As the US Treasury 10-year yield approaches 2% … again, we begin to worry about issues such as extension risk and convexity risk (collectively known as “The Wings”) given their propensity to drive hedging.
Historically, the risk of sudden yield curve movements has greatly affected the market for MBS, which represent claims on a pool of underlying residential mortgages. The interest rate risk of MBS differs from the interest rate risk of Treasury securities because of the embedded prepayment option in conventional residential mortgages that allows homeowners to refinance their mortgages when it is economical to do so: When interest rates fall, homeowners tend to refinance their existing loans into new lower-rate mortgages, thereby increasing prepayments and depriving MBS investors of the higher coupon income. However, when rates rise, refinancing activity tends to decline and prepayments fall, thereby extending the period of time MBS investors receive below-market rate returns on their investment. This is commonly known as “extension risk” in MBS markets.
Duration and Convexity
The effect of the prepayment option can be seen in the chart below, which displays the relationship between yield changes (x-axis) and changes in the value of an MBS (black) and a non-prepayable ten-year Treasury note (red). The sensitivity of each instrument to small changes in yields (essentially the slope of each yield-price relationship at the point at which the MBS was last hedged, indicated by the dashed line) is known as the effective duration, while the rate at which duration changes as yields change (the curvature of the price-yield relationship) is known as its convexity. In the example shown below, the MBS and Treasury security are duration matched in the sense that they will tend to move one-to-one for small changes in yields.
When interest rates increase, the price of an MBS tends to fall at an increasing rate and much faster than a comparable Treasury security due to duration extension, a feature known as the negative convexity of MBS. Managing the interest rate risk exposure of MBS relative to Treasury securities requires dynamic hedging to maintain a desired exposure of the position to movements in yields, as the duration of the MBS changes with changes in the yield curve. This practice is known as duration hedging. The amount and required frequency of hedging depends on the degree of convexity of the MBS, the volatility of rates, and investors’ objectives and risk tolerances.
Duration hedging of MBS can be done with interest rate swaps or Treasury bonds and notes. When rates decline, hedgers will seek to increase the duration of their positions. This can be achieved by buying Treasury notes or bonds, or by receiving fixed payments in an interest rate swap. Conversely, MBS holders will find the duration of their MBS extending when rates increase, which they may choose to offset by selling Treasury notes or bonds, or by paying fixed in swaps. If sufficiently strong, this hedging activity can itself cause interest rates to rise further, and further increase duration for MBS holders, inducing another round of selling of Treasuries.
A Convexity Event Averted
A sudden initial rise in medium- to long-term rates can therefore trigger a self-reinforcing sell-off in Treasury yields and related fixed income markets, fueled by MBS hedging—a phenomenon known as a convexity event. During a convexity event, MBS hedgers collectively attempt to decrease duration risk by selling Treasury securities or paying fixed in swaps. The two most important factors that determine the likelihood of a convexity event are the size of the MBS portfolio held by duration hedgers and the convexity of that portfolio. The large-scale purchases of MBS initiated by the Federal Reserve in November 2008 as part of the post-crisis LSAPs have had a profound impact on both these determinants.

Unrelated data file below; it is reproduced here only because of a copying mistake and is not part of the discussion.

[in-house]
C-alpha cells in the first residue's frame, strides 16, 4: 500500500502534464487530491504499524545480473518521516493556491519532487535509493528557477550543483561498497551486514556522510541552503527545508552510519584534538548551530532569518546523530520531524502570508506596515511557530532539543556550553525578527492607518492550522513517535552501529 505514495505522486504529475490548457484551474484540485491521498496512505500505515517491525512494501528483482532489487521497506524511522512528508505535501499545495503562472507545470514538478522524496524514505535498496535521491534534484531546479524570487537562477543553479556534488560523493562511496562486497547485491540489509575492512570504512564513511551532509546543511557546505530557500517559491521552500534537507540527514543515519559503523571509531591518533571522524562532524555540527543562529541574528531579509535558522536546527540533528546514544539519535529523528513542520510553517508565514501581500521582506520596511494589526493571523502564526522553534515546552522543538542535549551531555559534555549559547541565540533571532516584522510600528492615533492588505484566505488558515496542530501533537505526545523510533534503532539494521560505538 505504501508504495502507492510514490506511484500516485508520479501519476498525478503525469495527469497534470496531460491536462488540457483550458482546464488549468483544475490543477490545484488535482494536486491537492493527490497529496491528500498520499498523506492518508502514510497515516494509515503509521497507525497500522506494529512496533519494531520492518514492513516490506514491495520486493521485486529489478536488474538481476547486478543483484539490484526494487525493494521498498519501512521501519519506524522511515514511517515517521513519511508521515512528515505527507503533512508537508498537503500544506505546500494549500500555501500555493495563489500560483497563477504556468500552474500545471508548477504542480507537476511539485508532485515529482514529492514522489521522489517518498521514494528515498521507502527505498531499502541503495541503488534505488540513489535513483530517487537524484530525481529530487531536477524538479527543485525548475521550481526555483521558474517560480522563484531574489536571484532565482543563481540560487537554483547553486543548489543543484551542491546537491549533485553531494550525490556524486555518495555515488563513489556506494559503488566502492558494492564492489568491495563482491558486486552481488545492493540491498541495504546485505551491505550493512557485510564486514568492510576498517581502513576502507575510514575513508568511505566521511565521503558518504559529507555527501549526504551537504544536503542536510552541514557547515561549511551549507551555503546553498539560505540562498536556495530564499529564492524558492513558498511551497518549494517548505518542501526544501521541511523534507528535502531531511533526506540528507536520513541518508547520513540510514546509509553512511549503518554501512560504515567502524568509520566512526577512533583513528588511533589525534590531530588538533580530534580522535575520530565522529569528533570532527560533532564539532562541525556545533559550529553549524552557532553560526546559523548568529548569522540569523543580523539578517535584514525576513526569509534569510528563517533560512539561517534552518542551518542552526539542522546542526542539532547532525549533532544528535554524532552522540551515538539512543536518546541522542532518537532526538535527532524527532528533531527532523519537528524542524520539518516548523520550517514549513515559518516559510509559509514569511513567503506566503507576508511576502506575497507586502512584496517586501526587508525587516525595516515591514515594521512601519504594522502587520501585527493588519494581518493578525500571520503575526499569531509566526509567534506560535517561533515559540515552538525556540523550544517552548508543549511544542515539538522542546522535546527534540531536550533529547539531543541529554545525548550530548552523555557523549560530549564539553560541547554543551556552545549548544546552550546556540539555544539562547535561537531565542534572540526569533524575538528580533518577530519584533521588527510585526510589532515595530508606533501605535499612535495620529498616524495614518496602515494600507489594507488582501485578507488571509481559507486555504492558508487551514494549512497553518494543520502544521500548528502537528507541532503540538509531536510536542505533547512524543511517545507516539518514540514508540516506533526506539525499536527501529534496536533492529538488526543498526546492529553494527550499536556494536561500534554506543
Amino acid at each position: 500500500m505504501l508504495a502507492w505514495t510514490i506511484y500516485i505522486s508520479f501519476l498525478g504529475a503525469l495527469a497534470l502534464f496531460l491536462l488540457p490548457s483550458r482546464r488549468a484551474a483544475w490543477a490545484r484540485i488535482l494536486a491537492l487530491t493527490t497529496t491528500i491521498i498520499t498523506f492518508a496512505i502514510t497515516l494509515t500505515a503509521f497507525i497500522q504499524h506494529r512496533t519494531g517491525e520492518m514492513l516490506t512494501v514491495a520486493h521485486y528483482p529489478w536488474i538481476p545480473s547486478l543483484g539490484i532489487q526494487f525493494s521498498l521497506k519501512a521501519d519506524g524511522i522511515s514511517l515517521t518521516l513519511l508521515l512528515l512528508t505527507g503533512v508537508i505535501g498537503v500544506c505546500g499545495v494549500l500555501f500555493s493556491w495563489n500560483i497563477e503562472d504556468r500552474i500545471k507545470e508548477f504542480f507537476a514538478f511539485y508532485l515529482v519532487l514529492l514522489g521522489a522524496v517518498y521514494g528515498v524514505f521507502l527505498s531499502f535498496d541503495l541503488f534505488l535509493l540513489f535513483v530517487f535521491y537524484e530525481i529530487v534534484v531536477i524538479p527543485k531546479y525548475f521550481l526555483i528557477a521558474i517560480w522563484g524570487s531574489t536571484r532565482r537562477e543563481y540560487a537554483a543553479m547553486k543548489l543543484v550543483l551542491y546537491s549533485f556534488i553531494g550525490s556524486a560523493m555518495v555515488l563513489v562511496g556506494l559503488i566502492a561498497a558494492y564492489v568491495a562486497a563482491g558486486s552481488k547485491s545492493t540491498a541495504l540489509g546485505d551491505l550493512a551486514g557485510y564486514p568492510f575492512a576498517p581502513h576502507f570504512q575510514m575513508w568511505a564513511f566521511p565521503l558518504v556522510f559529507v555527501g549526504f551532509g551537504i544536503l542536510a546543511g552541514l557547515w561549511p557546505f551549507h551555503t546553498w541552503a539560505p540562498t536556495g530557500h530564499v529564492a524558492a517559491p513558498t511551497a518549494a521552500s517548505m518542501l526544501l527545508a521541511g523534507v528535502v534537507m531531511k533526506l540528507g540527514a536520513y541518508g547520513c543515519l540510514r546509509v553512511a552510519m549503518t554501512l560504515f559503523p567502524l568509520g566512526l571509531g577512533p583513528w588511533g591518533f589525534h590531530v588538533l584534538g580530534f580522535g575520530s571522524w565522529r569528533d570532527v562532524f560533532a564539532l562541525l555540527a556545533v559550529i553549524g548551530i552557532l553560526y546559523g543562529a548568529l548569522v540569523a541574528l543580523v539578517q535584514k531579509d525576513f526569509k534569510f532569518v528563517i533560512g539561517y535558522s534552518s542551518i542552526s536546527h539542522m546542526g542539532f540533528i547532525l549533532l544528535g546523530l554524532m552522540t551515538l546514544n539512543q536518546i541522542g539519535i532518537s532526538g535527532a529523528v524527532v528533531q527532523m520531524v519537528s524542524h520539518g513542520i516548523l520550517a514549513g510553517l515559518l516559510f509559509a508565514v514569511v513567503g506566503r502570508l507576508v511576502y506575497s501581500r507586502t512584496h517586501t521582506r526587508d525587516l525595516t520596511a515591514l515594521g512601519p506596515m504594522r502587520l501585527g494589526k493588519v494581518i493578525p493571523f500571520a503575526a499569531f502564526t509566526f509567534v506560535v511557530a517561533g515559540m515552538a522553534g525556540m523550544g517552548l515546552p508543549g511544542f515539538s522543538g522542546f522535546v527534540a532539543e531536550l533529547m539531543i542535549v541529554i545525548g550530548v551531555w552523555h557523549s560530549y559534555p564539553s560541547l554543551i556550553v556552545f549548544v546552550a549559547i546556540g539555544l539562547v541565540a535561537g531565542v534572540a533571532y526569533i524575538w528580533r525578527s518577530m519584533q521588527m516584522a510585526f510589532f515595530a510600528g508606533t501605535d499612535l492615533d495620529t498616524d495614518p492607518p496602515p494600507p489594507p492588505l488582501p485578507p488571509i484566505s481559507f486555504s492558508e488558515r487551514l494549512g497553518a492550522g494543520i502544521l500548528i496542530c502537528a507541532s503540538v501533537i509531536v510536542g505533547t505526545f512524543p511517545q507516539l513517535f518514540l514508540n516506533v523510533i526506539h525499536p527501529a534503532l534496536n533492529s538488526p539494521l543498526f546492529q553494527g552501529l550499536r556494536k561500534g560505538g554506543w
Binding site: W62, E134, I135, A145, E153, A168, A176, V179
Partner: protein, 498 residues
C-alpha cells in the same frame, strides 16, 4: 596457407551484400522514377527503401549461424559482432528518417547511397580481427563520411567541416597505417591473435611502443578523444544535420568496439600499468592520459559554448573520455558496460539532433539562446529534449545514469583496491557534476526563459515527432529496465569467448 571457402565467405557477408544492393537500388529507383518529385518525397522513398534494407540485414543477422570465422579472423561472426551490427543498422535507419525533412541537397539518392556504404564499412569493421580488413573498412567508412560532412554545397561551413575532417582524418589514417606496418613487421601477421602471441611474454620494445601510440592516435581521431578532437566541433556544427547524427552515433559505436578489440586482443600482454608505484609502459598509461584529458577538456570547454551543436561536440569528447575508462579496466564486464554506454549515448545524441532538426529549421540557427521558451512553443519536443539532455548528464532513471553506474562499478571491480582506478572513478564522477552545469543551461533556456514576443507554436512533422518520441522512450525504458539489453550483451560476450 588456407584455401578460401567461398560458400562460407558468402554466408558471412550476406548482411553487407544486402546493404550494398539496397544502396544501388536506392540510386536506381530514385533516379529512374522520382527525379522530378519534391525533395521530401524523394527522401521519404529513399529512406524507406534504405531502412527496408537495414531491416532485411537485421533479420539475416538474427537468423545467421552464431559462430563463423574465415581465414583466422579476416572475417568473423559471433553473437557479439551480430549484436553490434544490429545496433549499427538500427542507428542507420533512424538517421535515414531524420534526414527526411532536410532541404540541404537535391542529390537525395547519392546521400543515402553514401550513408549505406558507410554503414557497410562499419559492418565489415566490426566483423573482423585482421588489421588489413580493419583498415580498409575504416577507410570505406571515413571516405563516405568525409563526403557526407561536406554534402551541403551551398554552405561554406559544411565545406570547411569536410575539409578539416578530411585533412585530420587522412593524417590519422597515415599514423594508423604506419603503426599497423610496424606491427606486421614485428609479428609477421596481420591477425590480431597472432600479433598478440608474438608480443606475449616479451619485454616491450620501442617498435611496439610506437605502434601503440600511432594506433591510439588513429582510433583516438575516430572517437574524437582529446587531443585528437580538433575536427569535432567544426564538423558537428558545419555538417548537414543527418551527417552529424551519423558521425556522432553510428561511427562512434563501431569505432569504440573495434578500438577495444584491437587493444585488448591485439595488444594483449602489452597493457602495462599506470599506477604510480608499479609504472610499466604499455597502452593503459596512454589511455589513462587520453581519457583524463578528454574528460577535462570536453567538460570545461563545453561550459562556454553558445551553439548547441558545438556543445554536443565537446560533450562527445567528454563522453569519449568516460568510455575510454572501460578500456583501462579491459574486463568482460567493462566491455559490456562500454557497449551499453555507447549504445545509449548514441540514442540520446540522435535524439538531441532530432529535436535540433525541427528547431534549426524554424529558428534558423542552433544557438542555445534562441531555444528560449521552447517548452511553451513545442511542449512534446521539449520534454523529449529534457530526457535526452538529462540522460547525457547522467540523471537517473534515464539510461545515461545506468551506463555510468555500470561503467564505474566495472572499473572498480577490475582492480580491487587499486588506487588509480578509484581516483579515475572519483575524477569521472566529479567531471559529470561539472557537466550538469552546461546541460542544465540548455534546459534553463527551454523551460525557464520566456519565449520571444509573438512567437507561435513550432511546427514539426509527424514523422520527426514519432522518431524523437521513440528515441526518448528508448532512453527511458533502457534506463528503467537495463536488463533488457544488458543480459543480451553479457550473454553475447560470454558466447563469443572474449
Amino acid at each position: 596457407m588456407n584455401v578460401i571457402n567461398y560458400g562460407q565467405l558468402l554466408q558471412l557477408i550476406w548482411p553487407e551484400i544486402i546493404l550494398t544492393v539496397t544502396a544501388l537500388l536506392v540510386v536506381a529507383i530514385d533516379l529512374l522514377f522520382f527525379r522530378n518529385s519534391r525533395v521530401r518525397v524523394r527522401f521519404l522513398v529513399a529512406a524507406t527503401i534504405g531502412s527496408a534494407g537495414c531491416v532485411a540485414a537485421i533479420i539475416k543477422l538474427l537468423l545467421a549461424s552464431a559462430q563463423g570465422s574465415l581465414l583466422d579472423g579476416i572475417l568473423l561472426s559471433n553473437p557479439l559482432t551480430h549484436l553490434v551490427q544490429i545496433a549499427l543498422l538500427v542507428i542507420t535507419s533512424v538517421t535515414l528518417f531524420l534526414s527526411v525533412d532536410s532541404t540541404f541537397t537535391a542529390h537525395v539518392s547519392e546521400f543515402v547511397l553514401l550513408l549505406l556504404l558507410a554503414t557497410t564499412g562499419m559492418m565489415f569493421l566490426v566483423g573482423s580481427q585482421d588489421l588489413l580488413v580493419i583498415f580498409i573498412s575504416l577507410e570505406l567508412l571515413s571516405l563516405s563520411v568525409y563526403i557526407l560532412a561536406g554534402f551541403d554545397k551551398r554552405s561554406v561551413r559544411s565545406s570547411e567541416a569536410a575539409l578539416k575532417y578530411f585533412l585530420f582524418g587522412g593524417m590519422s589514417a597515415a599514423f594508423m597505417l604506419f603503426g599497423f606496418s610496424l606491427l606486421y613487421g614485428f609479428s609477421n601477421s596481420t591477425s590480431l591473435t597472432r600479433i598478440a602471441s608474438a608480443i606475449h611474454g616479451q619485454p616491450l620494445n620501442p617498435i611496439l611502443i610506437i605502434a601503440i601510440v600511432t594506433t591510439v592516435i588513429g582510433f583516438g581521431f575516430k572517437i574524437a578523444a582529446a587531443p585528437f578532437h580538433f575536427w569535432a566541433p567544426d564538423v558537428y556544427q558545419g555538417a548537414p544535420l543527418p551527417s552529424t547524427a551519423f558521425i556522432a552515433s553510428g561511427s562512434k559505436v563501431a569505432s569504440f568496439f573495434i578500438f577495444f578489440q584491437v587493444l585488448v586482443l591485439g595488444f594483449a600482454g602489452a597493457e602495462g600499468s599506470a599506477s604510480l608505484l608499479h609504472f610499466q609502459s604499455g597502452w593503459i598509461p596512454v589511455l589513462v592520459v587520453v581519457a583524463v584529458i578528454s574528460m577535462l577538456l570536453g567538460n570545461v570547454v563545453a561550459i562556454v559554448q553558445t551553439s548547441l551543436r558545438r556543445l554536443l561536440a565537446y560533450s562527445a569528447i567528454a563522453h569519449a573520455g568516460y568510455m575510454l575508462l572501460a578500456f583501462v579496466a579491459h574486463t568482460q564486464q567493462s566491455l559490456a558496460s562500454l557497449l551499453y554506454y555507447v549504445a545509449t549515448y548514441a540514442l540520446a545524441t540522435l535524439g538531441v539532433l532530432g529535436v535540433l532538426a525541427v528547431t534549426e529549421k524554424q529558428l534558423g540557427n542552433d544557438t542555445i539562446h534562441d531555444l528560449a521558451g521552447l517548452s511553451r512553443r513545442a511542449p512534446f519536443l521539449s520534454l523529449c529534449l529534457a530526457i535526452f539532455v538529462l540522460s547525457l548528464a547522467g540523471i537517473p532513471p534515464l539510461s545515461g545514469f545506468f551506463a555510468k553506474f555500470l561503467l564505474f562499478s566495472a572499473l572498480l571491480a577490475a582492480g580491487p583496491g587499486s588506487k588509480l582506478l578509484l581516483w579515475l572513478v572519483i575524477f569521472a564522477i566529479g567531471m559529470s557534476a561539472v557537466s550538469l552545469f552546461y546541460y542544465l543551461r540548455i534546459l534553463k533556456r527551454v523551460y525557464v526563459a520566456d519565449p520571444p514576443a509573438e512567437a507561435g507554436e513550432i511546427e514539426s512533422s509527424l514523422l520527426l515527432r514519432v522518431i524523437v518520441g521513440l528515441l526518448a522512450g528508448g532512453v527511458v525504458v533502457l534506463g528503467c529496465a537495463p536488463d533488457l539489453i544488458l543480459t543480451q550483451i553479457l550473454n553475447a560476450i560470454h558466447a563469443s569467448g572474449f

MBS investors, broadly speaking, fall into two categories: those holding MBS on an unhedged or infrequently hedged basis and those that actively hedge the interest rate risk exposure. Unhedged or infrequently hedged investors include the Federal Reserve, foreign sovereign wealth funds, banks, and mutual funds benchmarked against an MBS index. MBS holders who actively hedge include real estate investment trusts (REITs), mortgage servicers, and the government-sponsored enterprises (GSEs).
Mortgage bonds are often held by large investors such as money managers and banks. They tend to prefer stable returns and constant duration as a means to reduce risk in their portfolios. So when interest rates drop, and mortgage bond duration starts to shorten, the investors will scramble to compensate by adding duration to their holdings, in a phenomenon known as convexity hedging. A hedge is basically investing in something that tends to go up when the first thing goes down (or vice versa). To add duration, so as to extend payments into a longer period, investors could buy U.S. Treasuries, which would further push down yields in the market. Or they could use interest-rate swaps, which are a contract between two parties to exchange one stream of interest payments for another.
Here are the dollar swaps and US Treasury actives curves today and from December 2005 to illustrate the decline in both curves of around 300 basis points at the ten year tenor.
Today’s US Treasury curve upward sloping … again having retreated from the inverted curve.
Here is a snap shot of MBS hedge ratios by coupon.
Of course, interest rates are influenced by the Voodoo Children themselves, the Central Banks like The Federal Reserve.